"In the year of our Lord 286, a most remarkable affair occurred; a legion of soldiers, consisting of six thousand six hundred and sixty-six men, contained none but Christians. This legion was called the Theban Legion, because the men had been raised in Thebias: they were quartered in the east until the emperor Maximian ordered them to march to Gaul, to assist him against the rebels of Burgundy. They passed the Alps into Gaul, under the command of Mauritius, Candidus, and Exupernis, their worthy commanders, and at length joined the emperor. Maximian, about this time, ordered a general sacrifice, at which the whole army was to assist; and likewise he commanded that they should take the oath of allegiance and swear, at the same time, to assist in the extirpation of Christianity in Gaul. Alarmed at these orders, each individual of the Theban Legion absolutely refused either to sacrifice or take the oaths prescribed. This so greatly enraged Maximian, that he ordered the legion to be decimated, that is, every tenth man to be selected from the rest, and put to the sword. This bloody order having been put in execution, those who remained alive were still inflexible, when a second decimation took place, and every tenth man of those living was put to death. This second severity made no more impression than the first had done; the soldiers preserved their fortitude and their principles, but by the advice of their officers they drew up a loyal remonstrance to the emperor.
"Emperor, we are your soldiers but also the soldiers of the true God. We owe you military service and obedience, but we cannot renounce Him who is our Creator and Master, and also yours even though you reject Him. In all things which are not against His law, we most willingly obey you, as we have done hitherto. We readily oppose your enemies whoever they are, but we cannot stain our hands with the blood of innocent people (Christians). We have taken an oath to God before we took one to you, you cannot place any confidence in our second oath if we violate the other (the first). You commanded us to execute Christians, behold we are such. We confess God the Father the creator of all things and His Son Jesus Christ, God. We have seen our comrades slain with the sword, we do not weep for them but rather rejoice at their honour. Neither this, nor any other provocation have tempted us to revolt. Behold, we have arms in our hands, but we do not resist, because we would rather die innocent than live by any sin.''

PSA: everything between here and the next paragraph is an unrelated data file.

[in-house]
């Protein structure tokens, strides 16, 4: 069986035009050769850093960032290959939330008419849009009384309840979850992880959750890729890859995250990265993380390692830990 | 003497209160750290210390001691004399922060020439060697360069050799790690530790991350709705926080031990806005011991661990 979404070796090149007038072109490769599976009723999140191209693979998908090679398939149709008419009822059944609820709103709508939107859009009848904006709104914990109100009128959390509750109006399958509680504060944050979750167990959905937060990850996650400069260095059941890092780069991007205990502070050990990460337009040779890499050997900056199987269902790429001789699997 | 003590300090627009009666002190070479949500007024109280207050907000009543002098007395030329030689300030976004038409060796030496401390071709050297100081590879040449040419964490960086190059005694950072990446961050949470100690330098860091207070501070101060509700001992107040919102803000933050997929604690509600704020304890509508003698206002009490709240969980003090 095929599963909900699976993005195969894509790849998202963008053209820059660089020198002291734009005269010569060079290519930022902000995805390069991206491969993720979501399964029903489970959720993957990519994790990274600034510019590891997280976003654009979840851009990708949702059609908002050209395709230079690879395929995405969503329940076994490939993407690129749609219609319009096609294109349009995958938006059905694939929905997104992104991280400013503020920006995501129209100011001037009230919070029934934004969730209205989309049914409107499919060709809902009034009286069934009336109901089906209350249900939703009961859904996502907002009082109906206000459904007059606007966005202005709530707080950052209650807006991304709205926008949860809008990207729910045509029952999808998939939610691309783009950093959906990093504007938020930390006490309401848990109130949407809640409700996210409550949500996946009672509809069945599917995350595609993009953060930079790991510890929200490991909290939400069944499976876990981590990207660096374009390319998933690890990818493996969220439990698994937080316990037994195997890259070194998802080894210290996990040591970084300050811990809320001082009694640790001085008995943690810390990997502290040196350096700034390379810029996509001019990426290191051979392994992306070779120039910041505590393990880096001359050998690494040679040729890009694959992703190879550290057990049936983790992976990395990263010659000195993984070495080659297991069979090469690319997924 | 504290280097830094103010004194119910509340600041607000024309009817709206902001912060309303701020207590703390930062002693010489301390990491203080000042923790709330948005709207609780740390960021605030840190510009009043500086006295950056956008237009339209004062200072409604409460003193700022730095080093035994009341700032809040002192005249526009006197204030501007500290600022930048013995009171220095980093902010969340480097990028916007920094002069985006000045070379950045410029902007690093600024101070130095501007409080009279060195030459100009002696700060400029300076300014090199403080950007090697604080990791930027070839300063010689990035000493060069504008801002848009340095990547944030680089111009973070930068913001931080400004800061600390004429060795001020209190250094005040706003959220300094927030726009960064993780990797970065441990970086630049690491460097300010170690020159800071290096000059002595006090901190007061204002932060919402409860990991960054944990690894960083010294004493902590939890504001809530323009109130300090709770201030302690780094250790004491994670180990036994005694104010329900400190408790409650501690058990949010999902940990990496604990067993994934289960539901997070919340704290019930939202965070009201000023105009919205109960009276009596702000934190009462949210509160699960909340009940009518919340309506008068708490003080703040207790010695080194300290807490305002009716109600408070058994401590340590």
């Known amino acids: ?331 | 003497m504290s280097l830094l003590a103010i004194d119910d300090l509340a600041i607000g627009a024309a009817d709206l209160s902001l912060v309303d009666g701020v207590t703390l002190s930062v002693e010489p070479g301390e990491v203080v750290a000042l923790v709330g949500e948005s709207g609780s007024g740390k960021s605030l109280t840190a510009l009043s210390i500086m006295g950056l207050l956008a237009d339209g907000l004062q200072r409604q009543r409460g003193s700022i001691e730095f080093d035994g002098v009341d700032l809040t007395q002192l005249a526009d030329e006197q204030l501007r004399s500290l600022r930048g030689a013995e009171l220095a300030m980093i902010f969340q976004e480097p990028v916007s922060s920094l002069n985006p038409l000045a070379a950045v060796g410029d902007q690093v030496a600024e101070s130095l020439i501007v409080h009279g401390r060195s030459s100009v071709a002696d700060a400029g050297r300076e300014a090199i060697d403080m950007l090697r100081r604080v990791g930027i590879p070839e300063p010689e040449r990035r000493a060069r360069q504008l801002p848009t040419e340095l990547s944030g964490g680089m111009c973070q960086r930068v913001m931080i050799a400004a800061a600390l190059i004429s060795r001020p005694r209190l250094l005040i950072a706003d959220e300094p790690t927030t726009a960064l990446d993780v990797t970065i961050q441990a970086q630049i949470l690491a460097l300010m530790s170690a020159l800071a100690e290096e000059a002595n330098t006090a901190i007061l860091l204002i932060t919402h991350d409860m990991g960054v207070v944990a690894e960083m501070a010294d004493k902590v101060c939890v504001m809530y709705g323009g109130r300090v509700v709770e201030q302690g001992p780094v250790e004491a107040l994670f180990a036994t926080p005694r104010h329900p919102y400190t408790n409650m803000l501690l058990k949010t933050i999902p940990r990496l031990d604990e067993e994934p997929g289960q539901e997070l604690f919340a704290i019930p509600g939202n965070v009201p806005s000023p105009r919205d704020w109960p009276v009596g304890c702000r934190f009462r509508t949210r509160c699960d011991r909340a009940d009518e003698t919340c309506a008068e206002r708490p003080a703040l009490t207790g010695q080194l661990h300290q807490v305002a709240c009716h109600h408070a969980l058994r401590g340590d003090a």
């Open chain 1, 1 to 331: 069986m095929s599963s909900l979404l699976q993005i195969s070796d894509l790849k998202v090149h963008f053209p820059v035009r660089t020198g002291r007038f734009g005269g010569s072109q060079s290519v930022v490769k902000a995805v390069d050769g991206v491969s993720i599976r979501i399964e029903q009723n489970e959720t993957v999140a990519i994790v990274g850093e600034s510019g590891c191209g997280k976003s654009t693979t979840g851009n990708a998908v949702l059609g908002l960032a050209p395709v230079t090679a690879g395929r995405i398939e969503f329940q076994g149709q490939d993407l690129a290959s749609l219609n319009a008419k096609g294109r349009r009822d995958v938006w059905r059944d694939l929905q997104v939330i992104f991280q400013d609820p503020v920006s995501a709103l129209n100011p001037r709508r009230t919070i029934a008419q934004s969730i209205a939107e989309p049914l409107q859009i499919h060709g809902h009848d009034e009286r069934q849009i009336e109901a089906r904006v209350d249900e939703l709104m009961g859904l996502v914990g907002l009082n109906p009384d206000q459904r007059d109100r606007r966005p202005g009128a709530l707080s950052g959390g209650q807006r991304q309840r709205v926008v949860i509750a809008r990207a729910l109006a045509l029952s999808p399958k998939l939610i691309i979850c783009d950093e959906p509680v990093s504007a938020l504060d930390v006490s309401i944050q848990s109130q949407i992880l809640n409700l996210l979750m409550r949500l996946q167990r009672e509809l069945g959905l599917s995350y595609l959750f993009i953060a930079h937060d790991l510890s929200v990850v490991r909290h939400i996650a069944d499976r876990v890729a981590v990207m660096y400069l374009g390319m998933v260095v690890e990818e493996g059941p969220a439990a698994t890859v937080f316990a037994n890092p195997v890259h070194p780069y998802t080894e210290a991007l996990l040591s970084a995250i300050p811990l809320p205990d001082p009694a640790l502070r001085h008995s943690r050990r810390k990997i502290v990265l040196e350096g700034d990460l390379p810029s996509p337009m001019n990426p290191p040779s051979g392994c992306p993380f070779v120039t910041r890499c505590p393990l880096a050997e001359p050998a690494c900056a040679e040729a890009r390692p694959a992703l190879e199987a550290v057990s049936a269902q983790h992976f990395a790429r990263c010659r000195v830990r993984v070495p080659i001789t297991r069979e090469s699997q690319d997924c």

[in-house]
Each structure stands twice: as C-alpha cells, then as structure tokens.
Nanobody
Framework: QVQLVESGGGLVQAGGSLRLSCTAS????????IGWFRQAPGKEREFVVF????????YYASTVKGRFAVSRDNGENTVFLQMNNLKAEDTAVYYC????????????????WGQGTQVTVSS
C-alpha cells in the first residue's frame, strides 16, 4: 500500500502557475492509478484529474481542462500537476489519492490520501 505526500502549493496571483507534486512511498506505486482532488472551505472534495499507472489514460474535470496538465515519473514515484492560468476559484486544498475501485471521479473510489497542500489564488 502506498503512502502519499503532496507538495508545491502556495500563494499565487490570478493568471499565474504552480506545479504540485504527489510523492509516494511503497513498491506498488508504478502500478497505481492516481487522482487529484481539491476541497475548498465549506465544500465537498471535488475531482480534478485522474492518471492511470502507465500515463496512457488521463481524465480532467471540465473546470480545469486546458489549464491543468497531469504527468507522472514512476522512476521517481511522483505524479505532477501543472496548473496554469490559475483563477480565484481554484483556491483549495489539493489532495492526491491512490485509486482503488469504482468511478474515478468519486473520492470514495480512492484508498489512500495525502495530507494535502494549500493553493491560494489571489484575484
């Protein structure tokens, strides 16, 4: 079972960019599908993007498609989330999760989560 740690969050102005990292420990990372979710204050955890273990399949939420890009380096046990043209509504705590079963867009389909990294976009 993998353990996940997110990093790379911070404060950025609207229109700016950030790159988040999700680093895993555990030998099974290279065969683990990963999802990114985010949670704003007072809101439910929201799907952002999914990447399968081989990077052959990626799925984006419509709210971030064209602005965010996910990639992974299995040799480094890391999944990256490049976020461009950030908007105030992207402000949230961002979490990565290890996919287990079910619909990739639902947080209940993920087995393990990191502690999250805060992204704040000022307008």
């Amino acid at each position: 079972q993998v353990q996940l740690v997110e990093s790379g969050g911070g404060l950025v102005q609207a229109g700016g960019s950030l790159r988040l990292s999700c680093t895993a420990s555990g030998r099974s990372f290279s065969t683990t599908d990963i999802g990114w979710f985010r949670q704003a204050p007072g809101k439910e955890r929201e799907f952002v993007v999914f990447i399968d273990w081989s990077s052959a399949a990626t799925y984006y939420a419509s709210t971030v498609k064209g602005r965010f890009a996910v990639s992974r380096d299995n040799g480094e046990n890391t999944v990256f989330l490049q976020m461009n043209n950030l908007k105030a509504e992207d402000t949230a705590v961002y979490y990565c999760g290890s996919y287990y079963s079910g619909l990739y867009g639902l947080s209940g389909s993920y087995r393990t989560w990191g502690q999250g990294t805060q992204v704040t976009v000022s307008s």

This, it might have been presumed, would have softened the emperor, but it had a contrary effect: for, enraged at their perseverance and unanimity, he commanded that the whole legion should be put to death, which was accordingly executed by the other troops, who cut them to pieces with their swords, September 22, 286." [Largely Taken From Fox's Book of Martyrs]
They died, but they died in the right cause, and in death they were more than conquerors because they loved the Glory of Christ much more the glory of men, and they gained a reward in death that they could never have gained on any merely human battlefield. The honor they received will go on forever, and the accolade they received at death was better than any eulogy even an emperor could give to them, because the words they heard they moment after they were set free from this world of sin and death was "Well done, good and faithful servant; you were faithful over a few things, I will make you ruler over many things. Enter into the joy of your lord."